I'm a provider
You will be redirected to myBlue. Would you like to continue?
Please wait while you are redirected.
DESCRIPTIONBreast conservation therapy (BCT) is a multi-modality alternative to mastectomy to treat early (stage I or II) breast cancer. In current practice, most conventional BCT includes breast-conserving surgical excision of the tumor (lumpectomy, segmentectomy, or quadrantectomy) and whole breast radiotherapy (WBRT), delivered 5 days/week over 5-7 weeks using external beam radiation (EBR). For those at higher risk of recurrence (based on age younger than 50 years, tumor size >2–3 cm, nodal involvement, inadequate tumor-free margins etc.), "boost" radiotherapy narrowly directed to the tumor bed is included in WBRT. In randomized trials, WBRT reduced local (i.e., in-breast) recurrence, and meta-analysis showed it also improved survival compared with breast-conserving surgery alone. Other trials and meta-analysis showed that efficacy of BCT with WBRT is equivalent to mastectomy. The radiation is hypothesized to eliminate residual cancer near the surgical site and treat any undetected multicentric disease. Radiation alone (i.e., without resection) is not recommended in current guidelines to manage early breast cancer.
Breast brachytherapy uses radiation sources placed inside the breast. Interstitial brachytherapy uses multiple sources spaced in 2 or more planes through the breast, with computerized treatment planning to optimize dose homogeneity in the target. The number, spacing, and radiation strength of sources vary with the breast volume to be treated. Balloon brachytherapy uses a single source placed in an inflatable catheter inside the surgical cavity. It treats the cavity plus a surrounding margin of 1–2 cm, with radiation dose declining as a function of distance from the source.
Differences between interstitial and balloon brachytherapy in geometry and target dose homogeneity are of less concern for boost therapy, since the target volume is limited to the tumor bed close to the radiation source. External beam radiation separate from the boost adequately treats breast tissue outside the tumor bed.
However, when brachytherapy is used alone without EBR to the remaining breast, i.e., for partial breast irradiation (PBI), target volume extends beyond the tumor bed, and these differences may have greater impact on outcomes. For PBI, it is thus uncertain whether outcomes of interstitial brachytherapy could be used to reliably predict outcomes of balloon brachytherapy.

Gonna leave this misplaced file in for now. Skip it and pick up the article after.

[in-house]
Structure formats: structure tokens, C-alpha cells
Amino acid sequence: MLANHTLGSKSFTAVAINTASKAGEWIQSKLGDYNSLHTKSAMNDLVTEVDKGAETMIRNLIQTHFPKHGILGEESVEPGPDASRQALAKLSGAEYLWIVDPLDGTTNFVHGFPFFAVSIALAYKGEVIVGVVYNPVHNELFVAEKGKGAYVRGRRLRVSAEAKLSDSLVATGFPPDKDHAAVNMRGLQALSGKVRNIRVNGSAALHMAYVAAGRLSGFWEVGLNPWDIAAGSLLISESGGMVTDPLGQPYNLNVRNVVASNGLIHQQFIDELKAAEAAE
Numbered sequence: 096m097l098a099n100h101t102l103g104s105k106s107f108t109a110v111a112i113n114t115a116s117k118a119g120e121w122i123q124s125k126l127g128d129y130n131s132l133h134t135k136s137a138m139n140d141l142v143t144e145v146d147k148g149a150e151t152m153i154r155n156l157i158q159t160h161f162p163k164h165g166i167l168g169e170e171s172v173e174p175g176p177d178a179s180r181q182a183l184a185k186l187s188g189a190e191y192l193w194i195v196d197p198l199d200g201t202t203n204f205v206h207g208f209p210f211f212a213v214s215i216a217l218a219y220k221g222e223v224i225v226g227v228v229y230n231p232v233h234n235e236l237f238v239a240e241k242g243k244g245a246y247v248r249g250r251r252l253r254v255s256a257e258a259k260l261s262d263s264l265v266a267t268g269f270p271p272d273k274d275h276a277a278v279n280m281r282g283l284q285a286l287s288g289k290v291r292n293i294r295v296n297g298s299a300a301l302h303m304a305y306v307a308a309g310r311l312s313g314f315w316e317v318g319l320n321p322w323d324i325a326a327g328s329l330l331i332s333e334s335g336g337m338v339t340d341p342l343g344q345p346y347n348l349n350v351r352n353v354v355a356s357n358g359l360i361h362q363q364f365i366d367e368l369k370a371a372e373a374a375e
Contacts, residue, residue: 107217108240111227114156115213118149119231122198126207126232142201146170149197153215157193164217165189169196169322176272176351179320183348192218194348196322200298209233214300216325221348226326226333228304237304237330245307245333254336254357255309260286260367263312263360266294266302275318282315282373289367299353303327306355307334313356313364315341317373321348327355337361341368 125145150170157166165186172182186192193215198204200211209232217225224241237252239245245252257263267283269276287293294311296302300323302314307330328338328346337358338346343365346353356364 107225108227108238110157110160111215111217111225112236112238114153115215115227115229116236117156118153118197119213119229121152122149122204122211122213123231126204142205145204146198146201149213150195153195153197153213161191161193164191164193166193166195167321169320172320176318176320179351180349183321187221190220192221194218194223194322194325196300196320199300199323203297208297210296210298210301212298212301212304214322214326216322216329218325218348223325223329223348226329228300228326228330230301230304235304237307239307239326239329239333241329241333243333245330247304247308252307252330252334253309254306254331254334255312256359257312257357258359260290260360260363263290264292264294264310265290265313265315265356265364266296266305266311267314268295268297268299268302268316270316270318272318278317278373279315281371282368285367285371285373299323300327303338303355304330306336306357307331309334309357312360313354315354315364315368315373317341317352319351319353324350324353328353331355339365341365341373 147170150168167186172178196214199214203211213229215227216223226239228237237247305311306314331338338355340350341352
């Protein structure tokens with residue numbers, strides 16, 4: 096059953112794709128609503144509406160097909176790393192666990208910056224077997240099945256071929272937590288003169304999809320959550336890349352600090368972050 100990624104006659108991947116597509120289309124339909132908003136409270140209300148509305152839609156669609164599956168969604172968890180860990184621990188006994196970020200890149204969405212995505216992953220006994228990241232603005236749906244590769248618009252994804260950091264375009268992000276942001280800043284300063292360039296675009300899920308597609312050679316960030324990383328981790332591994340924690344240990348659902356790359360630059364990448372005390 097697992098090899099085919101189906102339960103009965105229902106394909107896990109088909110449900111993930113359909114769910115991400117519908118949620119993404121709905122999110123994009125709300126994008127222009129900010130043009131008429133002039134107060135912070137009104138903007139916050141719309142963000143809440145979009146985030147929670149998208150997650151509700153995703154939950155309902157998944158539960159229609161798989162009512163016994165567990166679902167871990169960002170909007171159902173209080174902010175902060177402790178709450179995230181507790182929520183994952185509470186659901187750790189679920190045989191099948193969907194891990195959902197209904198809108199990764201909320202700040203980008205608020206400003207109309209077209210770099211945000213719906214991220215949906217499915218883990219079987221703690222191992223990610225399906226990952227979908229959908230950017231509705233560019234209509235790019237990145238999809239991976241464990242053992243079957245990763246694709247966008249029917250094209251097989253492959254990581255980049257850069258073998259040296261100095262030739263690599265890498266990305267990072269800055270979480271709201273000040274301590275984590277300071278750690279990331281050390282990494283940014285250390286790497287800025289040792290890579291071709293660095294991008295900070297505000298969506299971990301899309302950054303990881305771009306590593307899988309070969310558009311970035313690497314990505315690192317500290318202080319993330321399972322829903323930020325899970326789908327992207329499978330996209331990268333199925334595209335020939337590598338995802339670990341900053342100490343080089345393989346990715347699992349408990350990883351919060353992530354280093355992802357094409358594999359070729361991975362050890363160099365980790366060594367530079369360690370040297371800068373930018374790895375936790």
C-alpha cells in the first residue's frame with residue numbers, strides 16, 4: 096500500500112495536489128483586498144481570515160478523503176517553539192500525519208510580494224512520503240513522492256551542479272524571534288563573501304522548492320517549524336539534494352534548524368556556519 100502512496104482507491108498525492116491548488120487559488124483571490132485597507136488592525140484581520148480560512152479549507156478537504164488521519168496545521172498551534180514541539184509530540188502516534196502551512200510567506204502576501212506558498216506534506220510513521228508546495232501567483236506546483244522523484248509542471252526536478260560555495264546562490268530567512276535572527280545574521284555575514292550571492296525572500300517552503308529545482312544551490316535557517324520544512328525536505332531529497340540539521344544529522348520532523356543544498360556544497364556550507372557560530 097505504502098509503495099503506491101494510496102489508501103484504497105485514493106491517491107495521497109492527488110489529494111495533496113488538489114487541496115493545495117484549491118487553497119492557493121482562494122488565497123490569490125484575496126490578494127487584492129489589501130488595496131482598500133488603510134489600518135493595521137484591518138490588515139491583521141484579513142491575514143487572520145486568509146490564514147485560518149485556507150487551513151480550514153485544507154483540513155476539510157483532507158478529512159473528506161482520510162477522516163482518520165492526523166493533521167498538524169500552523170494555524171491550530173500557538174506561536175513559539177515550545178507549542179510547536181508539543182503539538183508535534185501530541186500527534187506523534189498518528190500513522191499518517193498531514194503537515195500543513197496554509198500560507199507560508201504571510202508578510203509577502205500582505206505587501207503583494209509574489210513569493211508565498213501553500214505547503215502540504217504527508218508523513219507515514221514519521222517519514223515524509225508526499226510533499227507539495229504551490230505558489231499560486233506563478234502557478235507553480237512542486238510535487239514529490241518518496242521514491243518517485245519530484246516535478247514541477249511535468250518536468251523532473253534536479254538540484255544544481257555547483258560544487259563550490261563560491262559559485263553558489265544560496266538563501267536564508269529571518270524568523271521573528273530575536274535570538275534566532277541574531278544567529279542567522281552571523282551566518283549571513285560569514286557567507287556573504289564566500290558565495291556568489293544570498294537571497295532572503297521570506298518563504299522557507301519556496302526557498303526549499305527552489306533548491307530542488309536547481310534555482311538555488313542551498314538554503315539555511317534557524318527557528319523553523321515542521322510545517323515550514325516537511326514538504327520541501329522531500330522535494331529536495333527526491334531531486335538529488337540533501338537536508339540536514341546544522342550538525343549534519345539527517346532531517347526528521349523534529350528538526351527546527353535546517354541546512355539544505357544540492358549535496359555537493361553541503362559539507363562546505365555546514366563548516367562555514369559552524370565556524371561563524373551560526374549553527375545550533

Methods other than brachytherapy are also used for APBI, such as several types of external beam therapy. They are not discussed in this policy. This policy separately addresses use of interstitial or balloon brachytherapy as alternatives to external beam radiation therapy in two settings:
This second, more recent application of brachytherapy is based in part on the observation that the majority of ipsilateral breast recurrences after breast-conserving surgery and radiation therapy occur at or near the tumor bed, with only a minority of recurrences located elsewhere in the breast. In addition, in trials of breast-conserving surgery with versus without radiation therapy, most recurrences also occurred near the tumor bed, suggesting that multicentric disease may not be common. Together these findings suggest that tumor bed irratiation may provide the major benefit from whole breast external beam radiation therapy. Also, the extended treatment course for WBRT may be difficult for some patients, for example those living in remote locations, or the elderly or disabled.
Both methods of brachytherapy usually are delivered over a week. This shortened, more convenient treatment course, which has been termed accelerated partial-breast irradiation (APBI), may increase the proportion of patients choosing breast-conserving surgery. On the other hand, APBI may sacrifice some or all of the radiobiological advantage associated with fractionated doses and the slower repair of sublethal radiation damage in tumor versus normal cells.